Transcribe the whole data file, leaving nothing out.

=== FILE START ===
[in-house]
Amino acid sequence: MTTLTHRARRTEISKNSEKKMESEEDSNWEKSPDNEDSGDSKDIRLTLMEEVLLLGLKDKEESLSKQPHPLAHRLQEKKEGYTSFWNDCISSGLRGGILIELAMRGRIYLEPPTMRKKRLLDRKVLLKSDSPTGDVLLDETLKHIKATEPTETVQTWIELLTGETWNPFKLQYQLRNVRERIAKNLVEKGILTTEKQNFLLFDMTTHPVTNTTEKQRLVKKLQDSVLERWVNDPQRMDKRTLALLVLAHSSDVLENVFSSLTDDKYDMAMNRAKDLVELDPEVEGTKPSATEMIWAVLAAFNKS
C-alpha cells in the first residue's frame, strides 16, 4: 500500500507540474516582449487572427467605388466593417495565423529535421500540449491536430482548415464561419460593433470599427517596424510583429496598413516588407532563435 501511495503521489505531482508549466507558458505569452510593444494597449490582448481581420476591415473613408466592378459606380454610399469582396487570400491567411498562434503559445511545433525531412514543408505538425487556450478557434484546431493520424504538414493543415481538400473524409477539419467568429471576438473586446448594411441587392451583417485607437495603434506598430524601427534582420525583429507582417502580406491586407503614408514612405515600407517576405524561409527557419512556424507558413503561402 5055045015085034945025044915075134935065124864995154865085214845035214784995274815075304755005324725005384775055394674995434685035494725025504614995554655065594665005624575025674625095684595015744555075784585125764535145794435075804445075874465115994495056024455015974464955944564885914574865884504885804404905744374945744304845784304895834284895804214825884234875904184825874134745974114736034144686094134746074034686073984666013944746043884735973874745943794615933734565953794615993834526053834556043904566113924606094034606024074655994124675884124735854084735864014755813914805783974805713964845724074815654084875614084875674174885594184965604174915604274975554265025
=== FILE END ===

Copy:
[in-house]
Amino acid sequence: MTTLTHRARRTEISKNSEKKMESEEDSNWEKSPDNEDSGDSKDIRLTLMEEVLLLGLKDKEESLSKQPHPLAHRLQEKKEGYTSFWNDCISSGLRGGILIELAMRGRIYLEPPTMRKKRLLDRKVLLKSDSPTGDVLLDETLKHIKATEPTETVQTWIELLTGETWNPFKLQYQLRNVRERIAKNLVEKGILTTEKQNFLLFDMTTHPVTNTTEKQRLVKKLQDSVLERWVNDPQRMDKRTLALLVLAHSSDVLENVFSSLTDDKYDMAMNRAKDLVELDPEVEGTKPSATEMIWAVLAAFNKS
C-alpha cells in the first residue's frame, strides 16, 4: 500500500507540474516582449487572427467605388466593417495565423529535421500540449491536430482548415464561419460593433470599427517596424510583429496598413516588407532563435 501511495503521489505531482508549466507558458505569452510593444494597449490582448481581420476591415473613408466592378459606380454610399469582396487570400491567411498562434503559445511545433525531412514543408505538425487556450478557434484546431493520424504538414493543415481538400473524409477539419467568429471576438473586446448594411441587392451583417485607437495603434506598430524601427534582420525583429507582417502580406491586407503614408514612405515600407517576405524561409527557419512556424507558413503561402 5055045015085034945025044915075134935065124864995154865085214845035214784995274815075304755005324725005384775055394674995434685035494725025504614995554655065594665005624575025674625095684595015744555075784585125764535145794435075804445075874465115994495056024455015974464955944564885914574865884504885804404905744374945744304845784304895834284895804214825884234875904184825874134745974114736034144686094134746074034686073984666013944746043884735973874745943794615933734565953794615993834526053834556043904566113924606094034606024074655994124675884124735854084735864014755813914805783974805713964845724074815654084875614084875674174885594184965604174915604274975554265025